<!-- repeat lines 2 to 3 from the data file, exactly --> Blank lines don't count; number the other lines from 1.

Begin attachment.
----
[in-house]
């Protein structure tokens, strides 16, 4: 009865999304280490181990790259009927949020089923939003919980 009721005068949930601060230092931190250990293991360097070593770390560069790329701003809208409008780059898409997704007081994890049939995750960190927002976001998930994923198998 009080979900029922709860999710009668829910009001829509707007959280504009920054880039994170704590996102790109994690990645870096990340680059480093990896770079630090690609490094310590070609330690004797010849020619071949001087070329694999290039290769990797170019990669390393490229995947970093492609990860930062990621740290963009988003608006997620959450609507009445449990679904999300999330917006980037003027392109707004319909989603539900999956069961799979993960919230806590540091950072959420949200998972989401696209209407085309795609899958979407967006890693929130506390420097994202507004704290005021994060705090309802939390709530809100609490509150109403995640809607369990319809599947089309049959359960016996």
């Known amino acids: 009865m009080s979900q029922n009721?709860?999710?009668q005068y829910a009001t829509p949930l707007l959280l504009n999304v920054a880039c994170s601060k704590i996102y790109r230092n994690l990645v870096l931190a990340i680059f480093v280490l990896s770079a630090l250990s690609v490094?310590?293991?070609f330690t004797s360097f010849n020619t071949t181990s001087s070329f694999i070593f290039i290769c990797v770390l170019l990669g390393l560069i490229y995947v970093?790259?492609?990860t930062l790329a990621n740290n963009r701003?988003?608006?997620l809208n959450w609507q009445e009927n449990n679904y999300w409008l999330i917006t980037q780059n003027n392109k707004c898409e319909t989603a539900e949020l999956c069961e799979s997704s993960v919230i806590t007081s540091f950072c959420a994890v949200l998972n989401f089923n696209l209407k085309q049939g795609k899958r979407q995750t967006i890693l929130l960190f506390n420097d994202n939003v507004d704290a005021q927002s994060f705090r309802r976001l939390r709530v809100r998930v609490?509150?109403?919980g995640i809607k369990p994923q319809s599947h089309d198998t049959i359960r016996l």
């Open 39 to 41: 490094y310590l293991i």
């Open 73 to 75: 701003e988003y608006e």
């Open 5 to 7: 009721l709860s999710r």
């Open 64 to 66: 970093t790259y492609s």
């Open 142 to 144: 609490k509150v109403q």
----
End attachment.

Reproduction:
């Protein structure tokens, strides 16, 4: 009865999304280490181990790259009927949020089923939003919980 009721005068949930601060230092931190250990293991360097070593770390560069790329701003809208409008780059898409997704007081994890049939995750960190927002976001998930994923198998 009080979900029922709860999710009668829910009001829509707007959280504009920054880039994170704590996102790109994690990645870096990340680059480093990896770079630090690609490094310590070609330690004797010849020619071949001087070329694999290039290769990797170019990669390393490229995947970093492609990860930062990621740290963009988003608006997620959450609507009445449990679904999300999330917006980037003027392109707004319909989603539900999956069961799979993960919230806590540091950072959420949200998972989401696209209407085309795609899958979407967006890693929130506390420097994202507004704290005021994060705090309802939390709530809100609490509150109403995640809607369990319809599947089309049959359960016996």
């Known amino acids: 009865m009080s979900q029922n009721?709860?999710?009668q005068y829910a009001t829509p949930l707007l959280l504009n999304v920054a880039c994170s601060k704590i996102y790109r230092n994690l990645v870096l931190a990340i680059f480093v280490l990896s770079a630090l250990s690609v490094?310590?293991?070609f330690t004797s360097f010849n020619t071949t181990s001087s070329f694999i070593f290039i290769c990797v770390l170019l990669g390393l560069i490229y995947v970093?790259?492609?990860t930062l790329a990621n740290n963009r701003?988003?608006?997620l809208n959450w609507q009445e009927n449990n679904y999300w409008l999330i917006t980037q780059n003027n392109k707004c898409e319909t989603a539900e949020l999956c069961e799979s997704s993960v919230i806590t007081s540091f950072c959420a994890v949200l998972n989401f089923n696209l209407k085309q049939g795609k899958r979407q995750t967006i890693l929130l960190f506390n420097d994202n939003v507004d704290a005021q927002s994060f705090r309802r976001l939390r709530v809100r998930v609490?509150?109403?919980g995640i809607k369990p994923q319809s599947h089309d198998t049959i359960r016996l």